“It was an ancient military punishment to order a soldier, because he had disgraced himself, to open his veins and let out blood. The reason for this does not survive in the ancient books, or at any rate in the ones which I could find. But I imagine that this was originally reserved for soldiers of an unsound mind, so that it seemed less a punishment than a medical treatment. Afterward, however, I think that it was used in the case of many other offences through force of habit, as if all who lapsed from discipline must be of unsound mind.”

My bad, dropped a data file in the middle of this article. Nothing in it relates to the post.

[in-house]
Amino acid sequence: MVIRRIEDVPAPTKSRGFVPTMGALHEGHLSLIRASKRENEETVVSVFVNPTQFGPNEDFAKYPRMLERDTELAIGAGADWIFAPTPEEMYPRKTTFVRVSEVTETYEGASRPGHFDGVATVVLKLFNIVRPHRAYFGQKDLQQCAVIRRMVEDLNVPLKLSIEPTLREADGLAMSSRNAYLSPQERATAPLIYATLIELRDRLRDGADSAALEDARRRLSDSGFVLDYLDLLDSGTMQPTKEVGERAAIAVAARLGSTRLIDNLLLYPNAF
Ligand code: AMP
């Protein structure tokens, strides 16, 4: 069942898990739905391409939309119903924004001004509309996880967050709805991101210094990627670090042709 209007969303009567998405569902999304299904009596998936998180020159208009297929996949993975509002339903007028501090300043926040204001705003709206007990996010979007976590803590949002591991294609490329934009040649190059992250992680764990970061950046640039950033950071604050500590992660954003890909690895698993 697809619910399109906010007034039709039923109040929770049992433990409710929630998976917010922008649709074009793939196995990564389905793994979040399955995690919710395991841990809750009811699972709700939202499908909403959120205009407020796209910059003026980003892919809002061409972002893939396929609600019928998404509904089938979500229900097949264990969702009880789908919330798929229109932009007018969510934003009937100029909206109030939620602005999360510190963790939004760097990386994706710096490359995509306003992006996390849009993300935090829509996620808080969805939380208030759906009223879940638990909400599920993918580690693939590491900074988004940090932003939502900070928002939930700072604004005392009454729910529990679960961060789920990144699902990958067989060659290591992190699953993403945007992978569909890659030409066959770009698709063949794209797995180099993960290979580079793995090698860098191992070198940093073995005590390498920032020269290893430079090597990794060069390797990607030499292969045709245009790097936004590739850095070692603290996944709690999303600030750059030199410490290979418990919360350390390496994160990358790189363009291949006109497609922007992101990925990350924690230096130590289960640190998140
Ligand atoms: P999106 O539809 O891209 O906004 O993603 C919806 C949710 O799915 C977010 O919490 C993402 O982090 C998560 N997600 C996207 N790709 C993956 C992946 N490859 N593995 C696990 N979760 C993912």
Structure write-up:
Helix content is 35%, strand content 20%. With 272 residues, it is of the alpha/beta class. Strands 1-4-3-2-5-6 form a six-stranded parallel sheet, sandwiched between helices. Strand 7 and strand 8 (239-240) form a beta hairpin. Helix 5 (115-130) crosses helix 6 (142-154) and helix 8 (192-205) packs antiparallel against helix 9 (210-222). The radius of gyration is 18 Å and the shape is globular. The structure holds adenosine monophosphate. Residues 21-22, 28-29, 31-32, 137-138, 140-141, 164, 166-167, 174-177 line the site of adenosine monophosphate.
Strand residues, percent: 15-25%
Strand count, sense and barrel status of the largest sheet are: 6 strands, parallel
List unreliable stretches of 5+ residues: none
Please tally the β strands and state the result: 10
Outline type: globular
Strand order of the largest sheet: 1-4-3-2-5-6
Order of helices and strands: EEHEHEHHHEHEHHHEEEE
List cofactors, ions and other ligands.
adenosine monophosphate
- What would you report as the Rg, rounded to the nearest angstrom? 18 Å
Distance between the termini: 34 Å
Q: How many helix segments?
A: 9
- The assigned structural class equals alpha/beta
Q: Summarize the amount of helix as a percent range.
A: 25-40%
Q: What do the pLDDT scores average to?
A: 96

Fuit haec quoque antiquitus militaris animadversio iubere ignominiae causa militi venam solvi et sanguinem dimitti. II. Cuius rei ratio in litteris veteribus, quas equidem invenire potui, non exstat; sed opinor factum hoc primitus in militibus stupentis animi et a naturali habitu declinatis, ut non tam poena quam medicina videretur. III. Postea tamen ob pleraque alia delicta idem factitatum esse credo per consuetudinem, quasi minus sani viderentur omnes, qui delinquerent.